The Buddha told Mahamati, “It consists in realizing that there is no self in beings or things, in understanding the two obstructions, in transcending the two kinds of death, and in putting an end to the two kinds of affliction. This is what is meant by the awareness of a buddha. Those shravakas and pratyeka-buddhas capable of this are also called buddhas. This is the reason I teach one path.”
“The Bhagavan has said, ‘From the night I attained perfect enlightenment until the night I enter nirvana, between the two, I do not speak, nor have I spoken, nor will I speak a single word, for not speaking is how a buddha speaks.’ Bhagavan, why does the Tathagata say ‘not speaking is how a buddha speaks’?”
The Buddha told Mahamati, “It is because of two truths that I make such a statement as this. And which two? They are the truth that depends on personal realization and the ever-present truth. These are the two truths. It is because of these two truths that I make such a statement.
“And what do I mean by the truth that depends on personal realization? Whatever other tathagatas realize, I also realize, nothing more, nothing less. But the ultimate realm of the truth that depends on personal realization is beyond explanation or distinctions and beyond dualistic terms.
“And what do I mean by ever-present truth? This refers to the way of the ancient sages. The Dharma Realm is ever-present, like the nature of gold or silver. Whether a tathagata appears in the world or does not appear in the world, the Dharma Realm is ever-present. It is like a road that leads to a city. Imagine a man walking in the wilderness who sees this straight and level road leading toward an ancient city and follows it to that city, where he enjoys whatever he desires. Mahamati, what do you think? Did he make the road or that city’s delights?”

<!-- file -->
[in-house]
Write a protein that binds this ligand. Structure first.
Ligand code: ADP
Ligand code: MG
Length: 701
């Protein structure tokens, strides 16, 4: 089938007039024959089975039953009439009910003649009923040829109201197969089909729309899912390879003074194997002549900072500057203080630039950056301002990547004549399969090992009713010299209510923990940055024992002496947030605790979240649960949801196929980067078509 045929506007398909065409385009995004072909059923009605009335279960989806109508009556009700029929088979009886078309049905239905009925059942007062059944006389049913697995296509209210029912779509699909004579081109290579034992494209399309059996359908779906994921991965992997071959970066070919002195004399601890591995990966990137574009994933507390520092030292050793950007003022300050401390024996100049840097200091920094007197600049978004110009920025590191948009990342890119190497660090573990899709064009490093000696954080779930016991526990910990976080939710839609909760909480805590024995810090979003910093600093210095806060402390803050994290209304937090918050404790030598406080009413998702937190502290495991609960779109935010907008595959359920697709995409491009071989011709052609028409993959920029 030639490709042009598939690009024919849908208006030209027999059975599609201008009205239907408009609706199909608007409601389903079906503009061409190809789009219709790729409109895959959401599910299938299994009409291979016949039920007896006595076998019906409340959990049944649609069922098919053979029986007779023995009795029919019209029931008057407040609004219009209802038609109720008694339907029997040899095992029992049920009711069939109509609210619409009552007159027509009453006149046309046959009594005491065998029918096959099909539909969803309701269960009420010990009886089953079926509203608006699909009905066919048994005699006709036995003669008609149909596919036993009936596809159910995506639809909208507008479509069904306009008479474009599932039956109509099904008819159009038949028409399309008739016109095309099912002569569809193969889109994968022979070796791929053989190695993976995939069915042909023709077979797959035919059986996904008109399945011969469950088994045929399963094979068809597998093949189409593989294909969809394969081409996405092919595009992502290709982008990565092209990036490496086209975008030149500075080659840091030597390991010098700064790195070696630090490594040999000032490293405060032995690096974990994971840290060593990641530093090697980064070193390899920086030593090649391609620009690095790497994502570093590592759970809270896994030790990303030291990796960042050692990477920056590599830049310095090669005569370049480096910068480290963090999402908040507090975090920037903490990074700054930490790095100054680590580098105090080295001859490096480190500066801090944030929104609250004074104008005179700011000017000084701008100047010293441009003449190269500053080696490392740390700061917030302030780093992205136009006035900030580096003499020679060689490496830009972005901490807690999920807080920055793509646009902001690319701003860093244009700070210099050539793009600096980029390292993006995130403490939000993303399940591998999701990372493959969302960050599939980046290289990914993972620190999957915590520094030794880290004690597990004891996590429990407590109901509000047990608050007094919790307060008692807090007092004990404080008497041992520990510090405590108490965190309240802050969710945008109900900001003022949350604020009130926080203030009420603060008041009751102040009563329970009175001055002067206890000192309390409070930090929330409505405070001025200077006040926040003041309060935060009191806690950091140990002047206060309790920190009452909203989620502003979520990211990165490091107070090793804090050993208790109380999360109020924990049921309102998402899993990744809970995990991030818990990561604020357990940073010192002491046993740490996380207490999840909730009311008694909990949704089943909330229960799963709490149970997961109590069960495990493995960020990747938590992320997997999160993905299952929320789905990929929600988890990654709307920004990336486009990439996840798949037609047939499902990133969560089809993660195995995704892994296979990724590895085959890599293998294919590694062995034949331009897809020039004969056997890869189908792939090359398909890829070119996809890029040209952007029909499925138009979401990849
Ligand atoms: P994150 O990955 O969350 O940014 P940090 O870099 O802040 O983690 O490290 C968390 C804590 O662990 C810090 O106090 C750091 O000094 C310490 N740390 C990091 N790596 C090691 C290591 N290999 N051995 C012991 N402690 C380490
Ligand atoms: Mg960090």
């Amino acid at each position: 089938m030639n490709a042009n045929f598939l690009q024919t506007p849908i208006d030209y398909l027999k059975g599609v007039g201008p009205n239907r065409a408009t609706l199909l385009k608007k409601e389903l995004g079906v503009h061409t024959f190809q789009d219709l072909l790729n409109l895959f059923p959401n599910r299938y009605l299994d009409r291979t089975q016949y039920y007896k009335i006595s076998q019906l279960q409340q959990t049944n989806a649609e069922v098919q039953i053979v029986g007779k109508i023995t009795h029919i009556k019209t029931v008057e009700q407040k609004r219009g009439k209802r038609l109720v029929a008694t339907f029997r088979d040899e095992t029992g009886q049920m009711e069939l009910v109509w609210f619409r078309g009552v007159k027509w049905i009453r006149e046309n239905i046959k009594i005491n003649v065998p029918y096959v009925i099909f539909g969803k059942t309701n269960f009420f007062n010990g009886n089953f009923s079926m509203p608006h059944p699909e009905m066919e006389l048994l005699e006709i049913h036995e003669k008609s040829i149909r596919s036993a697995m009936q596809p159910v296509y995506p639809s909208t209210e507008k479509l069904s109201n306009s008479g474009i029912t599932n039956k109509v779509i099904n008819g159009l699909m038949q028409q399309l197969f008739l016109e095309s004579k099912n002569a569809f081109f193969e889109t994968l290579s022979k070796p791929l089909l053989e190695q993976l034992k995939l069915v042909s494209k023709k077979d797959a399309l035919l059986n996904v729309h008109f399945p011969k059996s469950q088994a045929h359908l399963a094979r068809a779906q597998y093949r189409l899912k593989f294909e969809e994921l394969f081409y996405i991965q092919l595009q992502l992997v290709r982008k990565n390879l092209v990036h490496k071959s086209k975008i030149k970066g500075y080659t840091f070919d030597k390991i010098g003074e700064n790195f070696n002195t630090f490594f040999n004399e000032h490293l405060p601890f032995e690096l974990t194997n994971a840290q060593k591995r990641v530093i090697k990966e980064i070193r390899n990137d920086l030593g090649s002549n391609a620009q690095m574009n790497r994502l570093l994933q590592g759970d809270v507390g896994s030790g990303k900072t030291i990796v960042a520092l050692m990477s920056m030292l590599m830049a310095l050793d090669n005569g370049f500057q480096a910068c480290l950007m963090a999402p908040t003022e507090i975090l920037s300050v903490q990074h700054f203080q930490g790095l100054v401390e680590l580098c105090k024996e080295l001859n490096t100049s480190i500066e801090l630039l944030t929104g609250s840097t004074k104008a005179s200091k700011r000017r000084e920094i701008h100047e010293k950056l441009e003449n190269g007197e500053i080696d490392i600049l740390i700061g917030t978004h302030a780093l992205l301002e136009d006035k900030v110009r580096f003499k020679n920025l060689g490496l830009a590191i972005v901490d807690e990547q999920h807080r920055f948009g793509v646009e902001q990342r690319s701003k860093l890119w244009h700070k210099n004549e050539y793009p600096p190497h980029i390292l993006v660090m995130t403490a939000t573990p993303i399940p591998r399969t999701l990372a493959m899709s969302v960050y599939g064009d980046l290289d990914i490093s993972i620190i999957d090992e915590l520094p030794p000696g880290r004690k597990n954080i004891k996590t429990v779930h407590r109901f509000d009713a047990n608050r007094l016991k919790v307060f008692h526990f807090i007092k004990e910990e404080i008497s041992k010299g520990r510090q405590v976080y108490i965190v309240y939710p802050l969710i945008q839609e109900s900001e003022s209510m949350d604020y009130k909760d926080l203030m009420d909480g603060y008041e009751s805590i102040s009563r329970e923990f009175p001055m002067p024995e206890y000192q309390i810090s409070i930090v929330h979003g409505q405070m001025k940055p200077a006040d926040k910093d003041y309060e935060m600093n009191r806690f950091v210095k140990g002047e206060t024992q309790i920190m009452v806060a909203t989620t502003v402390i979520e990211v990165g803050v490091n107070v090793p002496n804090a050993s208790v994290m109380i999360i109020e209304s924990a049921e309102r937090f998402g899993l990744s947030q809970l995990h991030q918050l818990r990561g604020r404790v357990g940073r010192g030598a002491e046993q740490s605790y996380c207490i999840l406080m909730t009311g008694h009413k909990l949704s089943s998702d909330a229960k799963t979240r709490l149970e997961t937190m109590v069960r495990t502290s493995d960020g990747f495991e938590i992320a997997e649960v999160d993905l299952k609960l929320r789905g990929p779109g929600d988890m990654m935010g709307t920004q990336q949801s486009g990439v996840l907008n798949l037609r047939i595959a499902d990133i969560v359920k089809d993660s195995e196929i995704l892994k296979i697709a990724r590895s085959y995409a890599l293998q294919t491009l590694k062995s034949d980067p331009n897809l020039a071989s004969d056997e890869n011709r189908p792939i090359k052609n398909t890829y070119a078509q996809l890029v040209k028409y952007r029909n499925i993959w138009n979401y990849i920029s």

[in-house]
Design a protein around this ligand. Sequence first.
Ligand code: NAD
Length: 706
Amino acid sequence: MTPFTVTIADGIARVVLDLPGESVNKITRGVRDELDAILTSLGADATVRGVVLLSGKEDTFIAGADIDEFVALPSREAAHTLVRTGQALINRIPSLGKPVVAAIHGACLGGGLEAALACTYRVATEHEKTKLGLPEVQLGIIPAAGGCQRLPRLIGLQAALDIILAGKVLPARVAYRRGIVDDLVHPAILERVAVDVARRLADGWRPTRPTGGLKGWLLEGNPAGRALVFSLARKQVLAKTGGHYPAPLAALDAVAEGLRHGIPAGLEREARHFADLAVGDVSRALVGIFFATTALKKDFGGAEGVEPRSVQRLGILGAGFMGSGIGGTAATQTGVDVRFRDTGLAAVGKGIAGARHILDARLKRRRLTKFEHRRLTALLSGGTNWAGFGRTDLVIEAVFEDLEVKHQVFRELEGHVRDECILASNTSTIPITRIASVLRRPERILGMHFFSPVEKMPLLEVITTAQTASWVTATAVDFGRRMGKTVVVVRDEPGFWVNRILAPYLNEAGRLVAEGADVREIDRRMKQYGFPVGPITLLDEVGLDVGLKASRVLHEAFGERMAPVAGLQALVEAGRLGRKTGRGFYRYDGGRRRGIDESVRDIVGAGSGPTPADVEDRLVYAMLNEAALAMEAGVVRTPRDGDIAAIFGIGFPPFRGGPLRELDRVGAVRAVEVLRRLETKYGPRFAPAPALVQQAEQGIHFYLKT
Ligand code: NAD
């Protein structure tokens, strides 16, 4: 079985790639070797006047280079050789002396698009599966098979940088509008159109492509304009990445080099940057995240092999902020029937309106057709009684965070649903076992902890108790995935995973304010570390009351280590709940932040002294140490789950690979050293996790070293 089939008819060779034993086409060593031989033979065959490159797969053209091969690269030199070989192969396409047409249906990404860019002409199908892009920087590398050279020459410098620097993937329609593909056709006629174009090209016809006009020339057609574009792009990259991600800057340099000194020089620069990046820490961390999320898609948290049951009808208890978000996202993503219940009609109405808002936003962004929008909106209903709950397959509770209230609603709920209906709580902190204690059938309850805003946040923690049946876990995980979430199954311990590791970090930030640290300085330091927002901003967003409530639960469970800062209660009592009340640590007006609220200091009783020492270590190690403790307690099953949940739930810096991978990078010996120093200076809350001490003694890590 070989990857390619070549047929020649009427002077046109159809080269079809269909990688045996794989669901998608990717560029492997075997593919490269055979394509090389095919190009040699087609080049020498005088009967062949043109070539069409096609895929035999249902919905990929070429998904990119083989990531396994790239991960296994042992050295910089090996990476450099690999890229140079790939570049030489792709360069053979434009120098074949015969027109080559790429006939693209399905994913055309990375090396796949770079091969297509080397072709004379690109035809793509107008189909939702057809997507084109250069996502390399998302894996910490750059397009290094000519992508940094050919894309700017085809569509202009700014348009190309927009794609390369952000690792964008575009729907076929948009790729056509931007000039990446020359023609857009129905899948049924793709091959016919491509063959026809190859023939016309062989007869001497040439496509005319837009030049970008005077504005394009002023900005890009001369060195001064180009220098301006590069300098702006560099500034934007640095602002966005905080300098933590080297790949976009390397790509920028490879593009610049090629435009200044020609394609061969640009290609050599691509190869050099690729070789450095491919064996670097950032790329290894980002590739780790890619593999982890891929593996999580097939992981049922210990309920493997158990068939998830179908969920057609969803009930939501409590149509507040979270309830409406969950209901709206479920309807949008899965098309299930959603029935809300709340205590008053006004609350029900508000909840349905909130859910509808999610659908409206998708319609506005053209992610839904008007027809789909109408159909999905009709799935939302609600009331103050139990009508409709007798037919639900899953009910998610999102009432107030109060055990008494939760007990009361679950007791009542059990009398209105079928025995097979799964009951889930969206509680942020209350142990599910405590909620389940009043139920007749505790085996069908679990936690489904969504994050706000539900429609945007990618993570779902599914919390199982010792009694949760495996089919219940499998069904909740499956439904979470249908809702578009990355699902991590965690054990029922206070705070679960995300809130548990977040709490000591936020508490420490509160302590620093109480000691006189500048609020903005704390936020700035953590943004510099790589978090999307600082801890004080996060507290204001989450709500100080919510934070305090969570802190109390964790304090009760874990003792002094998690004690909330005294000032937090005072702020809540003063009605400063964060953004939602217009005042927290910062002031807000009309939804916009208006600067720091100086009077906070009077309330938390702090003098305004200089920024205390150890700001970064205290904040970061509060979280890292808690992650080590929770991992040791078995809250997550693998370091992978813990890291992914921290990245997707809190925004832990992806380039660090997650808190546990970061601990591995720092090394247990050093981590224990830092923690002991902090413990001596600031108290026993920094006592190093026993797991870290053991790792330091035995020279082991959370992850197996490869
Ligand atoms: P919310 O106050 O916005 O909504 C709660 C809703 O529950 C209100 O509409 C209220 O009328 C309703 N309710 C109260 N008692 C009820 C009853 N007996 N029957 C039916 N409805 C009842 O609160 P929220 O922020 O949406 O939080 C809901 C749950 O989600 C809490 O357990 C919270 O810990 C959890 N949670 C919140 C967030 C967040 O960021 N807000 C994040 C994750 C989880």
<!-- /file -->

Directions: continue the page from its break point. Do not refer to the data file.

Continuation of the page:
Mahamati answered, “No.”
The Buddha told Mahamati, “The ever-present Dharma Realm of myself and all buddhas of the past is also like this. This is the reason I say that from the night of my enlightenment until I enter nirvana, between the two, I do not speak, nor have I spoken, nor will I speak a single word.”
— The Buddha and Bodhisattva Mahamati
While the sutras are numerous and many have never been translated, what we do have access to can be challenging to understand. The lore surrounding the Lankavatara Sutra is that when Bodhidharma chose his successor Hui-k'o, he gave him a copy of the Lanka sutra and told him all he needed to know was in it.
Since the sutras are the first recorded teachings of Buddha, they are like going to the source for instruction rather than relying on commentaries or interpretations that teachers provide, as valuable as they are in themselves. And what is the connection with this sutra and Zen? Within the reading above are several direct references…
“What constitutes a buddha's awareness?”
The Buddha told Mahamati, “It consists in realizing that there is no self in beings or things…”
“nirvana is the realm of the personal realization of buddha knowledge”
One of the most persistant and pervasive aspects of experience is the sense of a “self,” so tenacious, so palpable, so…. what IS this that seems to be present over a lifetime? And knowing that Zen is based on direct experience rather than mental constructs or understanding…..the same question comes up, who or what is having a breakthrough or “direct experience?”
Even the Buddha, long before the idea of a koan had been born, presents one to his listeners…
“From the night I attained perfect enlightenment until the night I enter nirvana, between the two, I do not speak, nor have I spoken, nor will I speak a single word, for not speaking is how a buddha speaks.”
Like everything deep and true in practice, we return again and again to the source to drink deeply and nourish the mind that seeks the Way.
May our way be clear,